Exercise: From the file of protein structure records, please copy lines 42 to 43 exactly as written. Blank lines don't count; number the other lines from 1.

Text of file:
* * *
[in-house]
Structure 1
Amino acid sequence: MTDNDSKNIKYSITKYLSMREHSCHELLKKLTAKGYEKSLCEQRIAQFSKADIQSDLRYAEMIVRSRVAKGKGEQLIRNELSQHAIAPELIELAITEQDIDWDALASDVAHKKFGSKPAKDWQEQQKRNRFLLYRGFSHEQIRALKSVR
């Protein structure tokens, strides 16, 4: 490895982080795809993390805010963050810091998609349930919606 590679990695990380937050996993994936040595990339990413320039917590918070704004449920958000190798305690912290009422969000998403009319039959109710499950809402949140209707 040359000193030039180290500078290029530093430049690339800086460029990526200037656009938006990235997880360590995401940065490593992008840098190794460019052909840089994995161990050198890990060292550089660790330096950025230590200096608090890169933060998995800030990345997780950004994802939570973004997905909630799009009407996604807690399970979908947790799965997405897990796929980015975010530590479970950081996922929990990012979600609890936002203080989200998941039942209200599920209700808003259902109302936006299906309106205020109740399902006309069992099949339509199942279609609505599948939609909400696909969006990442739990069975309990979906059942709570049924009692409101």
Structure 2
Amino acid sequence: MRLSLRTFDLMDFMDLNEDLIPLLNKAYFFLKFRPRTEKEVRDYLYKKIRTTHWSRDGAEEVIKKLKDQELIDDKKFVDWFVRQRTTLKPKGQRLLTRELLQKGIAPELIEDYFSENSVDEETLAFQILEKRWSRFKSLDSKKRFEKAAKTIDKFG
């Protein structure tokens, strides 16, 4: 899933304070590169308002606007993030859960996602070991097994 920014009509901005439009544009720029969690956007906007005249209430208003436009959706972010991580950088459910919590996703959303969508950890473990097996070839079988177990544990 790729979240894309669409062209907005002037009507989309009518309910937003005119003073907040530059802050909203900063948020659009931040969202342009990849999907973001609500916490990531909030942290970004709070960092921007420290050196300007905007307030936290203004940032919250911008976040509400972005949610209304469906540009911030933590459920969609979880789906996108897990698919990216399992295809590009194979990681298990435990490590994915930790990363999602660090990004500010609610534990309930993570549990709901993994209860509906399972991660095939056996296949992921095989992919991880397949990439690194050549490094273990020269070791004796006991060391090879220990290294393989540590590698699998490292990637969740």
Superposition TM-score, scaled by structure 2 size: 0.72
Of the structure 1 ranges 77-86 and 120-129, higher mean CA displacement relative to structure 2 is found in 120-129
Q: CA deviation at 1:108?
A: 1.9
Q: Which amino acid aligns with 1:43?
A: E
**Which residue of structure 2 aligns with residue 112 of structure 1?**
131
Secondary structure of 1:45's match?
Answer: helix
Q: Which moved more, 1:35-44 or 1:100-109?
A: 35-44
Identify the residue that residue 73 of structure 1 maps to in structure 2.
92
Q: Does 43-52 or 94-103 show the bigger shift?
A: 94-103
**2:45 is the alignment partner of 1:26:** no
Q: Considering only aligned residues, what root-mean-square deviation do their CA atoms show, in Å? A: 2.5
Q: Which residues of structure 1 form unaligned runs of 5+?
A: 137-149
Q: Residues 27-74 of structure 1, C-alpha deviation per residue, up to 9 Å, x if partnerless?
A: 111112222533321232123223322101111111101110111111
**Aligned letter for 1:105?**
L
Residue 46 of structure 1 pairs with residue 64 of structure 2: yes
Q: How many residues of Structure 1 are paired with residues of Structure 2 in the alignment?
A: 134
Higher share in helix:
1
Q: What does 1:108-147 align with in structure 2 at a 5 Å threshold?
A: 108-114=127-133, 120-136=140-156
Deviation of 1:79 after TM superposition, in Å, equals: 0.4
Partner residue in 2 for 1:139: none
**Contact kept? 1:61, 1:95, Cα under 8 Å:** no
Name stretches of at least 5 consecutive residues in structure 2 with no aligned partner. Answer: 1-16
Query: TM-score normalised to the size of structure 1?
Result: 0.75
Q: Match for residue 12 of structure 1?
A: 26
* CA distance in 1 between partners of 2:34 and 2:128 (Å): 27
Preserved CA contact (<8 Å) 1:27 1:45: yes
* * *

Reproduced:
Name stretches of at least 5 consecutive residues in structure 2 with no aligned partner. Answer: 1-16
Query: TM-score normalised to the size of structure 1?